Payton is nothing less than extraordinary, with over twenty years of business and technology leadership experience at some of the biggest financial corporations in the world, as well as being a published security and privacy author with a focus on children and internet safety. If that’s not enough to get her on this list, she also worked for the Bush Administration as the White House Chief Information Officer, the first woman to ever hold the position. During her service, her team worked to secure systems that 3,000+ members of the Executive Office of the President depended on daily. Payton has led strategic planning teams, managed mergers and acquisitions, run technology and operations units, and overseen fraud and risk management operations. Aside from her work delivering security, risk and fraud consulting services to private and public organizations, she’s fighting back against cyber criminals and by extension supporting internet security for us all as the host of Protecting Your Cyberturf, a weekly segment on Charlotte’s CBS Station (WBTV), as well as co-hosting “Cyber Mondays” on Charlotte’s WBT 1100 AM Radio Station. Payton is a one of a kind.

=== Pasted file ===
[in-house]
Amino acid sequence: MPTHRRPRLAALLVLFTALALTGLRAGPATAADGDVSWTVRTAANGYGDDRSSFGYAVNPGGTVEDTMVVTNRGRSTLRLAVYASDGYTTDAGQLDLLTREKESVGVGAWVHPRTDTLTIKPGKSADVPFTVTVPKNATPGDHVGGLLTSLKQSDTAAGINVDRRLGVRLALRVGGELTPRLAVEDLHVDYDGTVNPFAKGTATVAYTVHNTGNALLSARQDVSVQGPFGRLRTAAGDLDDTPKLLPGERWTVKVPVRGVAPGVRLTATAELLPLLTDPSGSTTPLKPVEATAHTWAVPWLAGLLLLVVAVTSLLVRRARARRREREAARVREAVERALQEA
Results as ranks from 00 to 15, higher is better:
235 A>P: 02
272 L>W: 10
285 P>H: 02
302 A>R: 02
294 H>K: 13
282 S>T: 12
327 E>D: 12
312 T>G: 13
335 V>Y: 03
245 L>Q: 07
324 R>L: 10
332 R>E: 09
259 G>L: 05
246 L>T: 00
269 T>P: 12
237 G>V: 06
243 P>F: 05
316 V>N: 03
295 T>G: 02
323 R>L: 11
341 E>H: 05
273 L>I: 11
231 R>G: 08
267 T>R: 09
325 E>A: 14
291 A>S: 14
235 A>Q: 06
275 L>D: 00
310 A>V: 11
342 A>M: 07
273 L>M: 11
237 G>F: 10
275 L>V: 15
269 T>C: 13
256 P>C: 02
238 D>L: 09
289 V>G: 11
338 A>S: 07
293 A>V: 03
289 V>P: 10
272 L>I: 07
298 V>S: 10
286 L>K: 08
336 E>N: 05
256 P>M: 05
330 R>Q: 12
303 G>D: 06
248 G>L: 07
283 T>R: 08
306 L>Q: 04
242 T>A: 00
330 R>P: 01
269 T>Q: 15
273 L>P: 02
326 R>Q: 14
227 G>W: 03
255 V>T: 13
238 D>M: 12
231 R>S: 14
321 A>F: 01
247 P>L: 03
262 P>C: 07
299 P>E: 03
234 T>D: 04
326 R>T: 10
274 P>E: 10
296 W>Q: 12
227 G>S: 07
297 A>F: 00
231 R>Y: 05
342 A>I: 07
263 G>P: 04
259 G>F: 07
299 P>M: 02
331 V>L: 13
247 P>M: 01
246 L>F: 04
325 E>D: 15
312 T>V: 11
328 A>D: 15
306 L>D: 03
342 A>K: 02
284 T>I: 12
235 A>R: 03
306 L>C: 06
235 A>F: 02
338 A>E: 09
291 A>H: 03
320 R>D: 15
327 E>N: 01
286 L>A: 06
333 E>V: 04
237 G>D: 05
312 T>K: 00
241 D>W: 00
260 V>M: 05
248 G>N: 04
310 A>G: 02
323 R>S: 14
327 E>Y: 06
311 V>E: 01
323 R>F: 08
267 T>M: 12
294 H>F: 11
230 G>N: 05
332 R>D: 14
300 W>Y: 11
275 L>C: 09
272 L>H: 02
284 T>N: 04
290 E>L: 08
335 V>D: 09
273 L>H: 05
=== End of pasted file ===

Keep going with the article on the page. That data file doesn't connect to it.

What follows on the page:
Christopher Porter, Managing Principal at Verizon


As a managing principal of the Verizon RISK Team, Porter has been instrumental in producing the company’s DBIR for several years and owns a huge piece of all the work that goes into the benchmark report, managing a team that collects, analyzes and distributes data on threat intelligence and security incidents. His many admirers say he has contributed more to the fields of security intelligence and breach analysis than almost anyone else in the industry, and may well be one of the top 5 unheralded people advancing the industry today. Porter also helped create the VERIS Framework (Vocabulary for Event Recording and Incident Sharing), which has allowed organizations to standardize security incident metrics. Porter has also worked as an economist, a network and systems administrator, and an information security consultant, as well as serving on the MIT Advisory Board for the McIntire School of Commerce. With Porter at the helm of the DBIR, we can expect to see him continue to have a significant impact on the security industry as a whole.

Wim Remes

Wim Remes, Managing Consultant at IOActive